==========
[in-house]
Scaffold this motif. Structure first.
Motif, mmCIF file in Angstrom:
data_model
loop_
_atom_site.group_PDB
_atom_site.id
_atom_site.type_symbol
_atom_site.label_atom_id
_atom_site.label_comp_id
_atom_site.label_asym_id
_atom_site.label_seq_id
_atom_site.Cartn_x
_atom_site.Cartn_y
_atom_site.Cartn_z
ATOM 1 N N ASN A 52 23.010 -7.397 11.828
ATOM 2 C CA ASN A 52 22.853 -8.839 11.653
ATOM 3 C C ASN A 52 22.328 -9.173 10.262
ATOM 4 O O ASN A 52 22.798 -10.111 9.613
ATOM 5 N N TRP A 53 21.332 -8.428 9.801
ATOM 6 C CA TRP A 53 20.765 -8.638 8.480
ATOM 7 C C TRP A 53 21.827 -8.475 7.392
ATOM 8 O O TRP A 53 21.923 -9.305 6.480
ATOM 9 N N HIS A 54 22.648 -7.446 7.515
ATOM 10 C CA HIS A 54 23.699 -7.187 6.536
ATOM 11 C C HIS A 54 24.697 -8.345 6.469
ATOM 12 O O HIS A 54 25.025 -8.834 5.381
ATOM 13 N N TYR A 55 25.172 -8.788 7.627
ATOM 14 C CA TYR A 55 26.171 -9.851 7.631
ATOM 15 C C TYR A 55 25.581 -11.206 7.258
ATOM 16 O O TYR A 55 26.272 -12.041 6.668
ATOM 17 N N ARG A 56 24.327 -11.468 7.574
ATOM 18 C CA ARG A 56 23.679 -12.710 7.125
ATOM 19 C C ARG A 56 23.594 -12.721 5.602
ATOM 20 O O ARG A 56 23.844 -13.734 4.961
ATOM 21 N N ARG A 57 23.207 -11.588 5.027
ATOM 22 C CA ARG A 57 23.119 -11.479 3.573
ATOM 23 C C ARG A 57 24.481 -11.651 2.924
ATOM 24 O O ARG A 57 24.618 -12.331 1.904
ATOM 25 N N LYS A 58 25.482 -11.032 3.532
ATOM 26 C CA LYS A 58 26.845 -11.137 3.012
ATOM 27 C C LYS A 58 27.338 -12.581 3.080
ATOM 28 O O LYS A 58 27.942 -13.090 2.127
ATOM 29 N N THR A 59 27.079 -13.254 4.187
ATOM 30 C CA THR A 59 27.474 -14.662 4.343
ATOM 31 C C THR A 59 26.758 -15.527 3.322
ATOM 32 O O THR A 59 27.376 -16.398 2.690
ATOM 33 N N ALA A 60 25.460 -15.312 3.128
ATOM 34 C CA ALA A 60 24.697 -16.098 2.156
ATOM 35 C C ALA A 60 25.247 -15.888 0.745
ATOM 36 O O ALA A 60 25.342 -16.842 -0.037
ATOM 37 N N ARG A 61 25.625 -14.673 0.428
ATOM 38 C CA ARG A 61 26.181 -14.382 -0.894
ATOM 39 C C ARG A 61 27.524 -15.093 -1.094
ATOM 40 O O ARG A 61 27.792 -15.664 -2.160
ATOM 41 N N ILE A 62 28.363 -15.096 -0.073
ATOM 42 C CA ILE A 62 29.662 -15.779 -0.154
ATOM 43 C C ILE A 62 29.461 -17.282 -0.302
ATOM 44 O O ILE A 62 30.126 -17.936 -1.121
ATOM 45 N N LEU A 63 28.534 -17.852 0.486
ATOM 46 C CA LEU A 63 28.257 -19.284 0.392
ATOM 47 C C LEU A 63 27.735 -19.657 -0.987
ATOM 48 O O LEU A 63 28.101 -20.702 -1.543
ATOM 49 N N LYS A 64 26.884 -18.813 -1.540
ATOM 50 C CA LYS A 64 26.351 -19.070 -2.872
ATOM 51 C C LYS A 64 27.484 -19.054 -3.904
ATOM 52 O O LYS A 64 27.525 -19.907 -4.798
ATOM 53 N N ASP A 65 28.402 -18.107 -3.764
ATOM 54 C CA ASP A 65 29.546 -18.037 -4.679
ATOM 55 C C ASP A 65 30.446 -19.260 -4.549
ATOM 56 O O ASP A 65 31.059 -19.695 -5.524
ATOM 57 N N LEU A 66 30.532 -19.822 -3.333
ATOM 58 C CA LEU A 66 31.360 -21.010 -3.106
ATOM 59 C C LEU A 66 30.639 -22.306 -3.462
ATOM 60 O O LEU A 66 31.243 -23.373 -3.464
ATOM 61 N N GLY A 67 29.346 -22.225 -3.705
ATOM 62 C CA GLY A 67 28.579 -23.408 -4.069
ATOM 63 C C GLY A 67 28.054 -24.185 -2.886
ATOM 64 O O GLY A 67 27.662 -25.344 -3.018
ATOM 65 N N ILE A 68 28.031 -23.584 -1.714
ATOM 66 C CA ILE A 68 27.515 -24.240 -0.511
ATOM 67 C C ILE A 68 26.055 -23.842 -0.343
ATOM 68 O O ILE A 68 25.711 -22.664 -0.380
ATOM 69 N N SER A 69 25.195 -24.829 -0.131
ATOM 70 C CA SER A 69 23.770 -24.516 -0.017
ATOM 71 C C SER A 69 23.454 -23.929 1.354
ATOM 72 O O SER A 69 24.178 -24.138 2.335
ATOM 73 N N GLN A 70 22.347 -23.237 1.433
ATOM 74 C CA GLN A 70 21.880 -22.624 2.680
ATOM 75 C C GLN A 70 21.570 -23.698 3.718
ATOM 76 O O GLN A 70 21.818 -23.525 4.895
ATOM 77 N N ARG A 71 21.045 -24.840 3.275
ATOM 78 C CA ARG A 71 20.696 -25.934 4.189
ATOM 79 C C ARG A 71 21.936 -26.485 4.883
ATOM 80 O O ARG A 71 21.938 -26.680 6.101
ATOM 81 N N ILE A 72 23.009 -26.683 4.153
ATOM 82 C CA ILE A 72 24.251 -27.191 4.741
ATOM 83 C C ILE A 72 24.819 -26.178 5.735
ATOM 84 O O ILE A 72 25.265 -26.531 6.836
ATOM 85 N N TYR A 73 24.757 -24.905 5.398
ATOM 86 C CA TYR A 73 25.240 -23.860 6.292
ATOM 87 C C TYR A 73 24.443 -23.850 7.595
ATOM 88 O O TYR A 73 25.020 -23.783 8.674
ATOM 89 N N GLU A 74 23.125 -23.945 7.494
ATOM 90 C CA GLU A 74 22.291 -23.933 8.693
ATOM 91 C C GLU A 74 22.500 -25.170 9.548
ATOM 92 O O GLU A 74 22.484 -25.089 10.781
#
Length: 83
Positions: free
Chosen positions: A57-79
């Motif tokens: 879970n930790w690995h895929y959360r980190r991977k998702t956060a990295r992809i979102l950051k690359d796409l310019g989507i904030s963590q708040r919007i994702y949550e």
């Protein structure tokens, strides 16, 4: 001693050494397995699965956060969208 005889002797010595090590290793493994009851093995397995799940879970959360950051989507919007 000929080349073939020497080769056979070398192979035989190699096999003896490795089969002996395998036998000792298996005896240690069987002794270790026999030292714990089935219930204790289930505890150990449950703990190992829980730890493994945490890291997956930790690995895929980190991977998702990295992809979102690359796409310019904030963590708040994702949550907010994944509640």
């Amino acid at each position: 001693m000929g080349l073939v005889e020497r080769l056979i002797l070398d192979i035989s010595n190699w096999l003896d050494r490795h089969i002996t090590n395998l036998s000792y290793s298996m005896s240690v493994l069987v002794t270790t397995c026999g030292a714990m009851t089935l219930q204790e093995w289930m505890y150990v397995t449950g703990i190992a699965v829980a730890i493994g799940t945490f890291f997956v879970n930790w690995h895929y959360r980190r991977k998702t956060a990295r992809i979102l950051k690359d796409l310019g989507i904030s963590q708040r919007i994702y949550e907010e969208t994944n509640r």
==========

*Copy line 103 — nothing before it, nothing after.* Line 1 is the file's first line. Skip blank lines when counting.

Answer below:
ATOM 88 O O TYR A 73 25.020 -23.783 8.674